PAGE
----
- Paperback: 974 pages
- Publisher: LWW; 6th edition (October 15, 2010)
- Language: English
- ISBN-10: 0781772001
- ISBN-13: 978-0781772006
- Product Dimensions: 1.5 x 8.2 x 11 inches
- Shipping Weight: 4.5 pounds
- Average Customer Review: 4.3 out of 5 stars See all reviews (70 customer reviews)
- Amazon Best Sellers Rank: #31,993 in Books (See Top 100 in Books)
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Histology: A Text and Atlas, with Correlated Cell and Molecular Biology, 6th Edition 6th Edition
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Top Customer Reviews
The book is divided into 24 chapters, with chapters by system, tissue type, basic cell biology as well as tissue/slide preparation. Each chapter covers the anatomy and physiology of the system or tissue in question extremely well. The text gets right to the point, but is still very complete in its explanations. Within each paragraph, key words are bolded in red, so you can quickly find the exact topic you are interested in within a subject. All topics are supplemented with fully labelled light and electron photomicrographs of each structure, tissue and cell. Illustrations also accompany a majority of the micrographs to clarify things.
All illustrations and micrographs are thoroughly labelled. Within text pictures are typically 1/4 to 1/2 page in size, and each chapter has its own set of full-page color plates for even better up-close visualization and study. The full-page color photomicrographs at the end of each chapter are fully labelled, but go even further than that with exact descriptions of each label on the opposing page. This is really amazing, because, for instance, on a slide of the kidney that I was studying, not only were the proximal and distal tubules and collecting ducts labelled, there were also accompanying descriptions on the opposing page as to why one was different from another in these very similar looking structures.Read more ›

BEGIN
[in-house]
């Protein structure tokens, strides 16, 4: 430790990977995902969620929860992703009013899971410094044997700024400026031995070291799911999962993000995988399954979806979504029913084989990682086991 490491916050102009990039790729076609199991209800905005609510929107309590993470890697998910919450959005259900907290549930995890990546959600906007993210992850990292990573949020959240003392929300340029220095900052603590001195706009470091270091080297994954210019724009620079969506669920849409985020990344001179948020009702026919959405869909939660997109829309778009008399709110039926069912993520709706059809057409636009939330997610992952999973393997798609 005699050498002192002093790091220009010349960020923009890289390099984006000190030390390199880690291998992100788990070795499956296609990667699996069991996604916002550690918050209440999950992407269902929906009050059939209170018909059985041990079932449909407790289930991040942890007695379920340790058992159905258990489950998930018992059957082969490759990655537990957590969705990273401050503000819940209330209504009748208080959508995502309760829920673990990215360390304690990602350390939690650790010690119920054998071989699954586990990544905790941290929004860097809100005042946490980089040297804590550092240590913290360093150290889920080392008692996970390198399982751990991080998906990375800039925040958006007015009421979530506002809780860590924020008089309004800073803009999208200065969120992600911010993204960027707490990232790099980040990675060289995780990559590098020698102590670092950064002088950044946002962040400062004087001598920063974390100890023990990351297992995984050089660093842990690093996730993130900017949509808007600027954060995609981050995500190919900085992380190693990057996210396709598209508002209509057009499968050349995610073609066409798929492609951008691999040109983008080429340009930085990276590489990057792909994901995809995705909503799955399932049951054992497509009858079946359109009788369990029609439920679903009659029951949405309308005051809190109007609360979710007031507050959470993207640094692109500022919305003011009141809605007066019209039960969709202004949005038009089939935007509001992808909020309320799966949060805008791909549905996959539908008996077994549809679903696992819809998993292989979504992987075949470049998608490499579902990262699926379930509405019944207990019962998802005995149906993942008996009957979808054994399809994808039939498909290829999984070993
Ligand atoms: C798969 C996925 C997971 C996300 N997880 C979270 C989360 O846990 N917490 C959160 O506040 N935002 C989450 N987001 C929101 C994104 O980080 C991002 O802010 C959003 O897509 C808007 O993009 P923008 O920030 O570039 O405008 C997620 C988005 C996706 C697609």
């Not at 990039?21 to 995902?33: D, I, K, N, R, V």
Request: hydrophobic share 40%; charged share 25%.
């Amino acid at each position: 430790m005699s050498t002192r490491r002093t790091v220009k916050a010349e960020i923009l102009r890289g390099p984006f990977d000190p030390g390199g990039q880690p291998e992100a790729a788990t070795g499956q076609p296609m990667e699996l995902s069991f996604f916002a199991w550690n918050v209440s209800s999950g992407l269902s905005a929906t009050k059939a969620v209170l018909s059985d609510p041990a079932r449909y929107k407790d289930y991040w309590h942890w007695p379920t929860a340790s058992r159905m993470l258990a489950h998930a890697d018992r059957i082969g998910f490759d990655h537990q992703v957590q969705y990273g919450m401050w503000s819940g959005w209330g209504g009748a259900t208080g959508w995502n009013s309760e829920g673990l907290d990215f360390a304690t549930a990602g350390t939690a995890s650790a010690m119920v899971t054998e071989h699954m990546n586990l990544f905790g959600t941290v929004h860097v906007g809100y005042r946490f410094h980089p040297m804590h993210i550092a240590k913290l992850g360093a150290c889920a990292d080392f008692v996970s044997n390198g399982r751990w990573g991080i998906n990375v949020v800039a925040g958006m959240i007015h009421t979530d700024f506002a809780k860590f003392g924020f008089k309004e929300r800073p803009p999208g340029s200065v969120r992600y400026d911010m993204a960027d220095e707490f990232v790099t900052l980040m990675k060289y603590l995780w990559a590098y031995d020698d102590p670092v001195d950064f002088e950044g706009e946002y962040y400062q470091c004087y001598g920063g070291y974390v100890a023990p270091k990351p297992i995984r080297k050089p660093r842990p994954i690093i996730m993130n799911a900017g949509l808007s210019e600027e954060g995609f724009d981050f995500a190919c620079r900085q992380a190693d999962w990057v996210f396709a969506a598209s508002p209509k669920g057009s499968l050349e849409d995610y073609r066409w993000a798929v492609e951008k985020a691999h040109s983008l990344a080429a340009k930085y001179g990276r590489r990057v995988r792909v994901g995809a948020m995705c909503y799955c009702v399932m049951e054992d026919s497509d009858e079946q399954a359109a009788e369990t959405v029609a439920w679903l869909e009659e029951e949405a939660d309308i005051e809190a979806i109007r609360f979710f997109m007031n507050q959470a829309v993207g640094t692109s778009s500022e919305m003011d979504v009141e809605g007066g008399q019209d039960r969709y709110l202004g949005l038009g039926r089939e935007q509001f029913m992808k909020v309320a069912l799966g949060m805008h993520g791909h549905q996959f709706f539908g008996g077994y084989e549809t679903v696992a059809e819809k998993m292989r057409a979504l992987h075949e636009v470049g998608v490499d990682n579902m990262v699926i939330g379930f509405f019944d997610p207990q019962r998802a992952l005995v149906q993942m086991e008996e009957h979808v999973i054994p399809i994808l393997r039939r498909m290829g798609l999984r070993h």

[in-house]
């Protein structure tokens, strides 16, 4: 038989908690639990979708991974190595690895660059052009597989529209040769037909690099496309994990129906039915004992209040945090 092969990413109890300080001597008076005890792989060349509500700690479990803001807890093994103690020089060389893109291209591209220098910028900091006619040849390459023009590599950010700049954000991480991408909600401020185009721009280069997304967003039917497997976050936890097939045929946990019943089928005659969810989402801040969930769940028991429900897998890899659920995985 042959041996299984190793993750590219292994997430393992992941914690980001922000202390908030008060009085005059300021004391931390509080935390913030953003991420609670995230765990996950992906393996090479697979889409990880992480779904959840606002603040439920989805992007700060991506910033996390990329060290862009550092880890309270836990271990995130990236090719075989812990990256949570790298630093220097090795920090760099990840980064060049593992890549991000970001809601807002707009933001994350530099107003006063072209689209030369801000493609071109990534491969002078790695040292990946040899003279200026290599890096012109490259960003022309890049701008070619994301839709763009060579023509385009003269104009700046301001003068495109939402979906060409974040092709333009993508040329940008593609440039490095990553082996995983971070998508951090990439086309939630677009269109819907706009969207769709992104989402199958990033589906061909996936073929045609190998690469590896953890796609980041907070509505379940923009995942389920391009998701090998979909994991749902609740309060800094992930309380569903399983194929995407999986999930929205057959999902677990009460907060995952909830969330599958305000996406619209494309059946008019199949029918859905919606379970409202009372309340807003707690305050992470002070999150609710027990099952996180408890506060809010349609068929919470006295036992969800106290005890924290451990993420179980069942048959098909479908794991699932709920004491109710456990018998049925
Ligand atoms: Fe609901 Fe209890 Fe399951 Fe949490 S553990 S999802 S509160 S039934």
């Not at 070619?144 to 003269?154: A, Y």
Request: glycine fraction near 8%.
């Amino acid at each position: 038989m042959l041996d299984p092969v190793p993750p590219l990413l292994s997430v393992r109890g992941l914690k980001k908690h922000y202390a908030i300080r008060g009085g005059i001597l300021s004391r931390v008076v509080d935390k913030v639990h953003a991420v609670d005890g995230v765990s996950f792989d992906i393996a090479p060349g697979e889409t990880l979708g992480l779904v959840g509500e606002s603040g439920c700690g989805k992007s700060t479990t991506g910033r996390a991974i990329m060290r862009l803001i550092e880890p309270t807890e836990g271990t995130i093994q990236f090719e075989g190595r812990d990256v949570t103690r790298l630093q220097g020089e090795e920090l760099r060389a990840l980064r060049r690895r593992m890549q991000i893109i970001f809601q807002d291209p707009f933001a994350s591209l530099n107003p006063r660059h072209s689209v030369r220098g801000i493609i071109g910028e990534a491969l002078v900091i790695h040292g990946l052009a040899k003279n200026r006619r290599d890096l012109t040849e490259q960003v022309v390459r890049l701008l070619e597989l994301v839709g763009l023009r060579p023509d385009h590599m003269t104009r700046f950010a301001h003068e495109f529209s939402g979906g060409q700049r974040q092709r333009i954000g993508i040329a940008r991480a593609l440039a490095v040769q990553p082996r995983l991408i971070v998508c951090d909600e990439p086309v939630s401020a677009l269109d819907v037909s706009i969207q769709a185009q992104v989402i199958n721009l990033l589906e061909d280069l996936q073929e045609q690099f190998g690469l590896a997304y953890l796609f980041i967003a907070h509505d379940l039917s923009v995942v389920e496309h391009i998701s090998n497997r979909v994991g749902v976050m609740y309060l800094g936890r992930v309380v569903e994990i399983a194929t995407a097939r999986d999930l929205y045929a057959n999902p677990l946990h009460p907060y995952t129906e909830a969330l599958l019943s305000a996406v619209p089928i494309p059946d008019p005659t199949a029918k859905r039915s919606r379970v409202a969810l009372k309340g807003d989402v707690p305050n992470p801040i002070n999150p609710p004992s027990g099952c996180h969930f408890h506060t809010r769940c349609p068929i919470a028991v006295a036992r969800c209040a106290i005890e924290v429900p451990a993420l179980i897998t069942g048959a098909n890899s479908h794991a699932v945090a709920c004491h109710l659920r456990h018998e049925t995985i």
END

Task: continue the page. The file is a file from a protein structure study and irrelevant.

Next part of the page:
As far as the context itself, it's pretty good. There are a number of things that could be clearer - I usually keep wikipedia in the background to quickly lookup key phrases. Incidentally, the authors know what phrases are important because they are all in bold, but not all of them are defined.
Here is a good example of all of the above problems. (Phrases between *asterisks* are bolded in the text; otherwise the following is formatted exactly how it appears):
The ANS is further subdivided into a *sympathetic division*
and a *parasympathetic division*
. A third division of ANS, the *enteric division*
, serves the alimentary canal.
Besides the problematic formatting, the book doesn't explain what sympathetic and parasympathetic are, despite putting both phrases in bold font to indicate their apparent importance in understanding histology.
After carefully going through all the popular histo book on the market, I decided to purchase Ross's histology, and I am not at all disappointed. This book is amazingly detailed and well organized. The best part is, it is divided into tissue types (epithelium, connective tissues, etc) and then eventually combine them into organ systems (skin, GI tract, etc). Moreover, there are a lot of clinical anecdotes throughout the book, which really gives you a direction in studying histology. I can already see myself using this book as a reference when I start my blocks.
All in all, I highly recommend this textbook for anyone who wants a firm background in histology and pathology. Definitely worth having!!
Most Recent Customer Reviews
I bought this because we're all type A medical students that feel like we have to get everything that's recommended. Read morePublished 4 months ago by Jaclyn Smith